How can you keep things upbeat in the group during a long tour?

We prepare like athletes. I’ve learned to do this so my energy peaks when I’m on stage, which means you don’t need a big meal beforehand. I do a lot of warming up. We also reject many things. Sometimes we’re going to tour with other bands and we’ve just come out of a week of rehearsals and the other band says, “We haven’t even rehearsed – we just come and play.” We take this really seriously and we know we are there to serve. It’s not just about our having fun, it’s about realizing that these songs have become a part of people’s lives. We are there for the crowd to have a miniature musical holiday.

What is the 311 formula for creating the perfect set list for the night?

We know that if we get too deep into the weeds, people will start looking around. You oscillate between high and low energy, and between familiarity and darkness. We want to make sure we’re throwing some nuggets, as we say, for the fans. But when I go to a show, I like to hear familiar songs that are culturally significant, namely hits. We’re just balancing it out.

We also have a feeling of what the audience will be like since we travel a lot. If it’s going to be a place we’ve been playing for a long time, we know there will be more fans there and we’ll make deeper cuts. But other times, if we’re playing something like the SunFest show in West Palm Beach, we know that there will be more passive fans, new fans, and people on the lighter side who will want to hear about reggae and stuff. like this. You get the feel, the air in every town.

Is there a song that’s been a big hit over the years, or a fan-favourite, and popped up more than you might expect?

The song “Applied Science”. There’s nothing “hit” about it, but we play it on every show because this is the song with the drum solo and drum sequence where we all play the big drums together. This is the climax of the show for us and the audience, but it hasn’t been a success. There really isn’t even a chorus in the song, all these different rap and reggae tracks are strung together without repetition. It was definitely a surprise that it became such a staple for us.

On the other hand, is there a song or album that you think is a hidden gem that fans should check out?

There is a melody called “Where the Mind Goes” in “Mozaik”. I feel like a bit of a sleeper maybe bigger than it is.

311 has a very stable staff. How do you run things to stay together?

First of all, you must be prepared not to move on and realize that you will respect democracy. I like the expression, “We have two ears and one mouth, because we must listen twice as much as we speak.” We must learn to listen to each other. I also think it’s important to maintain an attitude of gratitude, recognizing that together we are better than any of us could do on our own. When you start a band that will grow into a 33-year career, the odds are very, very high against you. Let’s take a good look at him, because we’re so lucky to be here.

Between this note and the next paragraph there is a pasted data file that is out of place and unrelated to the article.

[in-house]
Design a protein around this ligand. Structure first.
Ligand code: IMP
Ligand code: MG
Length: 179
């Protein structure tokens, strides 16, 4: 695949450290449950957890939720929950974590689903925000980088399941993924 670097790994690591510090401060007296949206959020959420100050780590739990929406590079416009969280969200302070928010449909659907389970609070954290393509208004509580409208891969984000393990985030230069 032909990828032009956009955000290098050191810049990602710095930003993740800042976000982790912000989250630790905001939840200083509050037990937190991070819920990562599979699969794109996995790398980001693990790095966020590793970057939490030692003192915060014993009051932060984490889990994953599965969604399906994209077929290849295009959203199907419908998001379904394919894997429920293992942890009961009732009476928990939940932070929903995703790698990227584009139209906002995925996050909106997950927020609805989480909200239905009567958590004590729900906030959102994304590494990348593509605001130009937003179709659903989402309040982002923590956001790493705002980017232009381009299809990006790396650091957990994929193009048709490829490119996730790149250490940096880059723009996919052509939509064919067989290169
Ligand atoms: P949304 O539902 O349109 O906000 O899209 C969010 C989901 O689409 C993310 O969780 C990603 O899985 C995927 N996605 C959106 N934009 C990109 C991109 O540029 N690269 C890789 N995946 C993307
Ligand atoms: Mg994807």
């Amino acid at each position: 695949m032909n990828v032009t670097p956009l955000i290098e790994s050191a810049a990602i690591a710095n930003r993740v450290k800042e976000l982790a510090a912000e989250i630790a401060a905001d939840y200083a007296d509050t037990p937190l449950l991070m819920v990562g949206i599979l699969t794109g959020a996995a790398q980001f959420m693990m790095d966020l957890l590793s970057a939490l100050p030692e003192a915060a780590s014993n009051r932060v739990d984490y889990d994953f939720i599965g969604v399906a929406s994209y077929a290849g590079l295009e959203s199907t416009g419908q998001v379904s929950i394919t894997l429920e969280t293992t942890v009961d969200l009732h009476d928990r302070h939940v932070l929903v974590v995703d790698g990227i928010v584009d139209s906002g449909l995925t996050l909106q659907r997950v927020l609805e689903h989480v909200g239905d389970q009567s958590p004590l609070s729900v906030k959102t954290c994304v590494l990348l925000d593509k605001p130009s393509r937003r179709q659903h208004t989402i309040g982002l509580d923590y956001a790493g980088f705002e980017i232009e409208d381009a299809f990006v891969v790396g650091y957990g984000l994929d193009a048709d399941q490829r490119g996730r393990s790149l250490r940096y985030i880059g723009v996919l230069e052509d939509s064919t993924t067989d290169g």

Something 311 fans often mention is that the group’s positive vibe has helped them through tough times. How can you bring optimism to the music and performances?

Some people will say, “I love how positive you are,” and I say, “It’s actually a struggle to stay positive.” But it’s not the toxic positivity where you say “Everything is fine and I have a smile on my face no matter what” and you let all that bullshit pile up. It’s when you stay connected with people and tell them how you really feel, what’s really going on, and open yourself up to support, asking for help, helping others, that sort of thing.

Also in the early days of 311, I felt like there was a lot of toxic negativity in our white, male, angry misogynist peers. I was making fun of them with songs like “Misdirected Hostility” and “Hostile Apostle”. These are privileged suburban kids… why are you so angry? I just couldn’t keep up with what was going on, but looking back, if you watch the Woodstock ’99 documentaries, that’s what I was talking about: senseless anger, rage, and entitlement. What are you writing about? Water bottles are too expensive. It was a very prosperous time, especially in the ’90s… The Soviet Union had failed and we had no real enemies, the economy was picking up, but everyone was still very angry. I made it a point to call them. But still, there are stressors and pressures that everyone has and that we need to lean on each other to deal with. I think that’s the point of 311 – it’s a community.

Earlier in the interview, you said that the band plans to record a song in August. What else can you say about the new album?

This wasn’t planned but the first two songs I brought to the table and the first two songs Chad brought to the table were all in drop D – which means your E string is tuned to D for heavy riffs. There’s definitely some weight going on, big rock riffs. We spend a lot of time doing workshops as a group to make sure they’re great in the studio before we download them. We want it to be 311 but 311 on steroids. Everything is better: better riffs, better sales, better performances, new content. We’re raising the bar and I think people will be really excited when they hear about it.